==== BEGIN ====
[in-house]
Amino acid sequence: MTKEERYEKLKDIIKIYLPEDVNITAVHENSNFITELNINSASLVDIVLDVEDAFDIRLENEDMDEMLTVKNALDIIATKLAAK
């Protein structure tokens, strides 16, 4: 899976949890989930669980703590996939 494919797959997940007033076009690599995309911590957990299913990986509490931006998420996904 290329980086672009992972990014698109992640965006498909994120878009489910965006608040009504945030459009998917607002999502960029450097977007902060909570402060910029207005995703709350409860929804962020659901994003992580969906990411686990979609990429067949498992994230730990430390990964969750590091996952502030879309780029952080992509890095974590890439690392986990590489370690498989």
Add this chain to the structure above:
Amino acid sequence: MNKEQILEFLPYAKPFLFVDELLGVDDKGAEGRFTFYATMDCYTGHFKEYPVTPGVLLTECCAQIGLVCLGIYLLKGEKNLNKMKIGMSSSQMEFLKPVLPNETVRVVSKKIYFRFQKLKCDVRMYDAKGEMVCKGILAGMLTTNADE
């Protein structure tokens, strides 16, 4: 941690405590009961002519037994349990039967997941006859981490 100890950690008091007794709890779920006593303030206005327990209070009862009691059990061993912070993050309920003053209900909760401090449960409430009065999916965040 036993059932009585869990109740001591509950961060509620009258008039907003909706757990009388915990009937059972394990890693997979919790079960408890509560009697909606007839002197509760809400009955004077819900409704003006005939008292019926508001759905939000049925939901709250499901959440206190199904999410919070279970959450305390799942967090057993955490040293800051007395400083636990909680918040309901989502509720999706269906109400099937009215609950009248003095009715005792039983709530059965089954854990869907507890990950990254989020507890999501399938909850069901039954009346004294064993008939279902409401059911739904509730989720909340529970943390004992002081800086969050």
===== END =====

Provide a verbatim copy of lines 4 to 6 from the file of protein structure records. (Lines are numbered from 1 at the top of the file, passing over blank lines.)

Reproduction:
Add this chain to the structure above:
Amino acid sequence: MNKEQILEFLPYAKPFLFVDELLGVDDKGAEGRFTFYATMDCYTGHFKEYPVTPGVLLTECCAQIGLVCLGIYLLKGEKNLNKMKIGMSSSQMEFLKPVLPNETVRVVSKKIYFRFQKLKCDVRMYDAKGEMVCKGILAGMLTTNADE
């Protein structure tokens, strides 16, 4: 941690405590009961002519037994349990039967997941006859981490 100890950690008091007794709890779920006593303030206005327990209070009862009691059990061993912070993050309920003053209900909760401090449960409430009065999916965040 036993059932009585869990109740001591509950961060509620009258008039907003909706757990009388915990009937059972394990890693997979919790079960408890509560009697909606007839002197509760809400009955004077819900409704003006005939008292019926508001759905939000049925939901709250499901959440206190199904999410919070279970959450305390799942967090057993955490040293800051007395400083636990909680918040309901989502509720999706269906109400099937009215609950009248003095009715005792039983709530059965089954854990869907507890990950990254989020507890999501399938909850069901039954009346004294064993008939279902409401059911739904509730989720909340529970943390004992002081800086969050």